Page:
Michael Hingson 11:33
Well, if the world does change, you mentioned Orange County, go find an orange tree in Orange County today. Yeah. When I was a student at UC Irvine, we, through a friend discovered a packing house up in orange, actually, ironically, we could go up and buy 2025 pounds pounds of oranges in this big box for like, three bucks. And, of course, finding oranges in Orange County today. Fresh on trees, not there.
Matt Wrock 12:05
Well, you mentioned to me before the recording that you went to school, and you see a UCI in Irvine, and I remember, you drive to Irvine on the five freeway, and plenty of orange trees that, you know, back when I was like, seven, like, yeah, 45 years ago, but yeah, not so much today, no thought of concrete.
Michael Hingson 12:28
The first time we went to Disneyland, we were living in Palmdale, and you drove down through the edge of the Angeles crest highway, and you drove down into Los Angeles and out of Los Angeles. And then you were in this tunnel of vegetation, trees and so on. And suddenly, you came out into this little oasis that was Disneyland. And it was was all vegetation and not built up. Now, it’s all built, and they say it’s progress. But I guess we’ll, I guess we’ll see. Yeah, so what kind of software things do you do?
Matt Wrock 13:12
So, um, I, I am in the what’s called the configuration management space are also what’s known as kind of the DevOps space that are in my space to be familiar with that. So that’s essentially where we’re developers meets the operations, we, we create software, I guess you could call it, you know, automation software. So if you’re, if you’re a company that has, you know, 1000s of servers, and you need a way to make all of those servers, you know, look a certain way, and you don’t have, you know, 1000 engineers to spend hours on each individual servers, we write software, that, that helps automate that process that basically says, Hey, we’ve got 1000 servers that are gonna check in to this particular kind of master server and say, you know, we want to look like this, you know, make us look like this. And that’s exactly what happens.
Michael Hingson 14:10
Do you ever in your work this deviates from what you’re probably normally asked, but do you in your work, ever get asked or find requirements to deal with accessibility so that as you’re making sure that machines look the same or behave the same and so on, that you do something to build accessibility in for, say, blind people who use screen readers to make sure that when they look the same, they look the same to everyone so that everyone can use them? Do you ever encounter that?
Matt Wrock 14:41
You know, at one point in my career, I did a lot more kind of web type of development. And there and that, you know, there there were certain things that you know, appealed to you that we tried to make more accessible not quite to the extent yet Surprisingly, not quite to the extent that you’re talking about. So, because they were somewhat smaller, they were somewhat smaller web operations and you know, the audience’s that we were catering to just, you know, it wasn’t like, you know, mass mass mass consumer audience for there would be, you know, a lot of disabled individuals, you know, in that in that population, not saying that there wouldn’t be any, and the populations that we were facing what, in what I do today, there may very well be like some of our customers that may be using our software in such a way to ensure that, you know, certain settings and so forth on their servers, do accommodate, you know, those with with accessibility issues. But as far as me personally, in the work that I that I do, I’m, I’m working at kind of like a very kind of a low level, and kind of more of a, what you would call a systems engineer, engineering level. And so, accessibility concerns aren’t don’t don’t come into my purview to too often to be honest.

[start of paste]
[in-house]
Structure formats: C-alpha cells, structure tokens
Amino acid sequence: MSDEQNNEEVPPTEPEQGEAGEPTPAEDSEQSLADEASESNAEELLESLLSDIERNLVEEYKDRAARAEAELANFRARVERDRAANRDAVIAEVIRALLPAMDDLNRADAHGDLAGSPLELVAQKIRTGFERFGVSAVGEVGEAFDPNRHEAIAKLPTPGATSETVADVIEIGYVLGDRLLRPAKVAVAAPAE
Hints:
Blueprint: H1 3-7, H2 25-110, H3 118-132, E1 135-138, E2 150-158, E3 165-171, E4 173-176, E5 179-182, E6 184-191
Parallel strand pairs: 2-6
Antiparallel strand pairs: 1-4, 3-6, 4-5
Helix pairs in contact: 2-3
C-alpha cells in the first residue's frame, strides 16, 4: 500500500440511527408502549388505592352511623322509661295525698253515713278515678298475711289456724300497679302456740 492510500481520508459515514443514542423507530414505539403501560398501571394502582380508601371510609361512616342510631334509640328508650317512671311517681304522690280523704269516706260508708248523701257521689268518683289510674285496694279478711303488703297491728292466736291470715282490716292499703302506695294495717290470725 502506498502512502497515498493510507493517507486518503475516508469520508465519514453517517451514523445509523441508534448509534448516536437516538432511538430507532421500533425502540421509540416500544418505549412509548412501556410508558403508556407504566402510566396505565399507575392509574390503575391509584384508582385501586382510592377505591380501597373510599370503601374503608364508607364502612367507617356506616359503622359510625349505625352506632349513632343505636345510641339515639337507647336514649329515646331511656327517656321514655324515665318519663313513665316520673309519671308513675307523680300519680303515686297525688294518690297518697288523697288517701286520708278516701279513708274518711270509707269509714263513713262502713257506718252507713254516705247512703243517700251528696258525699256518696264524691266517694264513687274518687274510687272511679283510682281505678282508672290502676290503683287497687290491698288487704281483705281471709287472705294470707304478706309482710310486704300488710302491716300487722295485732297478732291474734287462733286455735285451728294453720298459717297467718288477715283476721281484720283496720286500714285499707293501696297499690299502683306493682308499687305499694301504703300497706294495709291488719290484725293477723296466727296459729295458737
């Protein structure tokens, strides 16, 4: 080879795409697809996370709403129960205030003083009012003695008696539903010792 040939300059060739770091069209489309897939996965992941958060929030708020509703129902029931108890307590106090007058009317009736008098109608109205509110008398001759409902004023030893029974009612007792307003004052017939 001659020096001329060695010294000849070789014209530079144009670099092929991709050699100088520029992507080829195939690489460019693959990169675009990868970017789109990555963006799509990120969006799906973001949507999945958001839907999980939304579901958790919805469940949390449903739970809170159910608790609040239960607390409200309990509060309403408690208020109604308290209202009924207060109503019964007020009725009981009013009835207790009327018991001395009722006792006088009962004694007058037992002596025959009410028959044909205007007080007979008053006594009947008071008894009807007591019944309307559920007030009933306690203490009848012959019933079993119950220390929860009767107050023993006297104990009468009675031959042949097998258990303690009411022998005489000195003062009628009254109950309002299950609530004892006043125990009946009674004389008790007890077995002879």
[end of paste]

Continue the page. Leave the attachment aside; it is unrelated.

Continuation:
Michael Hingson 16:10
Yeah, it’s a, it’s a tough thing. Because mostly, we still don’t see the industry, the technology industry, making products inclusive. And it’s not just for consumers. But it’s also for the potential employees who might work at a company that that things become usable, that there just isn’t a trend still. And it’s, it’s difficult, because we’re just not a priority that people have recognized yet. And ironically, the other side of that is something that I actually had a discussion about with someone recently on another episode of unstoppable mindset, which is that if you work to make products, or your company, available to an inclusive to all persons, including those with disabilities, what statistics and there’s a lot of hard evidence to show this, what you will find is that employees like blind employees who you hire, who can use your products on the job, and do the work that you want them to do, will tend to be a whole lot more loyal, will work a lot harder, because we know how hard it is to get a job. Yeah, that makes a lot of sense. Yeah. And we just don’t see that people are breaking through that barrier yet. Because there’s still so much fear surrounding the whole concept of disability, you know, which is a term everybody just still feels if you are a person with a disability, that you’re just not able, we’ve been able to work so many other words, so, you know, hopefully one of these days people will break through and recognize that disability isn’t really what they think it is. But you know, it’s kind of one of those things.
Matt Wrock 18:08